You kids today with your iTunes and your iPods and your customized playlists, burned CDs, and superslick Photoshoped homemade CD covers think you’re pretty hip, eh? Well nobody will ever out-hip Mr. Louis Armstrong who was making and decorating mix tapes before such a thing even existed. As if Satchmo needed one more claim to greatness, one more way in which he pioneered cool and brought it to the masses, it turns out the man was something of a dabbler in the visual arts, in particular creating and designing homemade cut and pasted (and yes, that’s “cut and pasted” not “clicked and dropped”) covers for mix tapes and bizarre sound collage records which he made just for fun.
Word has it that while traversing the globe, Louis did not travel light, lugging with him reel to reel tape recorders everywhere he went so that he could record whatever he wanted, including favorite songs, conversations, concerts, his own music and words, and whatever other sounds caught his fancy. And then, like any good mix taper, Armstrong went nuts with the scissors and the tape creating collaged artwork for the cover of his tapes (and if you’ve seen reel to reel tape boxes then you know what a great sized canvas they make for inspired art–plenty of room to stretch out and play, unlike the CD inserts and–gasp!–old school cassette sleeves of more recent mix taping days).
Armstrong’s collages featured everything from photos, news clippings, handwritten notes, concert programs, advertisements, bits of old greeting cards and movie stills, as well as frequent references to marijuana and Swiss Kriss (Armstrong’s laxative of choice). Sounds a lot like the crushed-out mix tape covers you spent hunched over hours on in your bedroom back in high school and college, right? (Um, apart from the laxative bit, that is).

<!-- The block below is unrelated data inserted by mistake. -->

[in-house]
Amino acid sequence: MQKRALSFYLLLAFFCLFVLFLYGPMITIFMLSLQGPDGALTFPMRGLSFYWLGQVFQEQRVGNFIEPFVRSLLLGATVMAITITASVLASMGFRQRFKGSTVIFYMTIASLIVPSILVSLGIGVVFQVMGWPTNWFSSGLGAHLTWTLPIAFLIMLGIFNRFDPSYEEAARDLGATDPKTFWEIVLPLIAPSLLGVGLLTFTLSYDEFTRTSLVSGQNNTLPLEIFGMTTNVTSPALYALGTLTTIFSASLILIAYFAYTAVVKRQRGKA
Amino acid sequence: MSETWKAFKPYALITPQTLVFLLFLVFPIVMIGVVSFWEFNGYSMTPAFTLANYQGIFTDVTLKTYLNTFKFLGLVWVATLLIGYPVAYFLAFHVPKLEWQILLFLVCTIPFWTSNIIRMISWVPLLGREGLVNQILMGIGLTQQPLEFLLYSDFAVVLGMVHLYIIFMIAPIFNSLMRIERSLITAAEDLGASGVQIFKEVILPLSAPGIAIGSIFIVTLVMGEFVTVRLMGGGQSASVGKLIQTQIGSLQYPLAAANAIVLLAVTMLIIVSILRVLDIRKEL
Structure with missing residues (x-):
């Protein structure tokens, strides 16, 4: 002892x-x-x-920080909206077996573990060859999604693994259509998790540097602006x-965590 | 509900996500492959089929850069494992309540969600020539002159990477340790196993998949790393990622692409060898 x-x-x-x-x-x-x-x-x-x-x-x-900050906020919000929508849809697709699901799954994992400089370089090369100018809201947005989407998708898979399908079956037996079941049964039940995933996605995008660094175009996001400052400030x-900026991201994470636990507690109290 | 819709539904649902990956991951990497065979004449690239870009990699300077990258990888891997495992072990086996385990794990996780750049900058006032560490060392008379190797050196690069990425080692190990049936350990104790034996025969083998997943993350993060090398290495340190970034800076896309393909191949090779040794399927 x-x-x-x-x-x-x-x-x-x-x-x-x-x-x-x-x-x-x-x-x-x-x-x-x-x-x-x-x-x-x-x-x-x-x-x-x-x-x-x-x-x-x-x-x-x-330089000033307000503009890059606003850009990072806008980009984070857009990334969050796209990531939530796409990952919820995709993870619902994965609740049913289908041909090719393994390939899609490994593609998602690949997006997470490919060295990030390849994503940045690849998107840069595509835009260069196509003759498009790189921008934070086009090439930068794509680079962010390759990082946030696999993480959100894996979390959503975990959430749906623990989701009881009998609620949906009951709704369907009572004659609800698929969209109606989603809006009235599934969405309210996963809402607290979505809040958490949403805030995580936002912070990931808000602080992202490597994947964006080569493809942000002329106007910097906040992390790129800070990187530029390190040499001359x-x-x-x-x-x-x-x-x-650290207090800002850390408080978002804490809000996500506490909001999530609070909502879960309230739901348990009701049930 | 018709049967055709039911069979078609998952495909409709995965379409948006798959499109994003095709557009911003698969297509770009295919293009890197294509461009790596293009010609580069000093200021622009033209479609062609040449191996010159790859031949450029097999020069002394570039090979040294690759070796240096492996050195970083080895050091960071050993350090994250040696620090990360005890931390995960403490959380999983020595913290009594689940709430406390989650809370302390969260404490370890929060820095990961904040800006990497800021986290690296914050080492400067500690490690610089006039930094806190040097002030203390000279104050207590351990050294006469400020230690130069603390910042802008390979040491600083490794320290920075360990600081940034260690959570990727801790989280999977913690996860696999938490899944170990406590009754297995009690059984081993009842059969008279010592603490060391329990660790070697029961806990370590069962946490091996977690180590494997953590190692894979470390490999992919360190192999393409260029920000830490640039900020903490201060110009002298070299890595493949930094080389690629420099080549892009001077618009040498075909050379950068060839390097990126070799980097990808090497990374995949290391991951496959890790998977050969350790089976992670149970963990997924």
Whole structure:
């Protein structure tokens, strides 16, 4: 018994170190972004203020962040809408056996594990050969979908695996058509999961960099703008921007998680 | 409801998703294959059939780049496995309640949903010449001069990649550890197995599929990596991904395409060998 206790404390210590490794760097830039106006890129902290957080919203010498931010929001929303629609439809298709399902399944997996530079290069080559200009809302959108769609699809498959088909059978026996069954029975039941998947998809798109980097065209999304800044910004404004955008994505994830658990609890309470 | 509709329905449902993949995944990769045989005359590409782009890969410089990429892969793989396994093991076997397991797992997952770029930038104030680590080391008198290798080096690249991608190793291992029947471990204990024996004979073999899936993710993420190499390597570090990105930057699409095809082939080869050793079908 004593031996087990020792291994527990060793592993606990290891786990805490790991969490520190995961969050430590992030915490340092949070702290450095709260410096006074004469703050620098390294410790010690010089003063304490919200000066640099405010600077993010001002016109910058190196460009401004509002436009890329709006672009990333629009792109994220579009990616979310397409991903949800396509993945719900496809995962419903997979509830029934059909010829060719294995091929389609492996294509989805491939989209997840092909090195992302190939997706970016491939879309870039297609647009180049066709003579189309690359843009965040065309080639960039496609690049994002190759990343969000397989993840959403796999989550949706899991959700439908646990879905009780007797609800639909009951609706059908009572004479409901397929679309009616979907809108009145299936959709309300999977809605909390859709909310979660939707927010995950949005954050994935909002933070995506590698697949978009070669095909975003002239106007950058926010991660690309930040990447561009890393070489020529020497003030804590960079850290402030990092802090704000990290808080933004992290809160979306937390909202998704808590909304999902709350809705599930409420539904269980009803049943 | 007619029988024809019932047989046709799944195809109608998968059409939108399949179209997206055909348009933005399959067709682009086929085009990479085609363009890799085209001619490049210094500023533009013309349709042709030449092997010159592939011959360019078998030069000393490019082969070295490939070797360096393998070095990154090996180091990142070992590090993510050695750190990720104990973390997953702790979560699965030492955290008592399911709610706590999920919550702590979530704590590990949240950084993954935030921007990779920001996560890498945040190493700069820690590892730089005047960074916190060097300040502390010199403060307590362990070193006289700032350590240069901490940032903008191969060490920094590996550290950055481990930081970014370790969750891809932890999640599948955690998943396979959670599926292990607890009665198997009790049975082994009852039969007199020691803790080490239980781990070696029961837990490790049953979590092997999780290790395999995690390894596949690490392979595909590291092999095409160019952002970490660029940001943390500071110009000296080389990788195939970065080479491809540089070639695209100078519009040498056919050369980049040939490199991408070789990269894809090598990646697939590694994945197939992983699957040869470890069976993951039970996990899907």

Well, like most things, Louis did it first and showed us the way. And as the man himself humbly describes his craft: “Well, you know my hobbie (one of them anyway) is using a lot of scotch tape. My hobbie is to pick out different things during what I read and piece them together and [make] a little story of my own.”
For more information on Mr. Armstrong’s art of the mix tape, including pictures of some of his creations, check out the Spring 2008 issue of The Paris Review or stop by the library to place a hold (or do it all by your lonesome online at epl.org) on Steven Brower’s book Satchmo: The Wonderful World and Art of Louis Armstrong. And if you’re feeling particularly inspired, put on a pot of Louis Armstrong’s Red Beans and Rice (tomorrow is Fat Tuesday after all), fire up the old cassette deck (or the old iTunes), and make up some mix tape goodness of your own. Mmm . . . just like Louis used to make.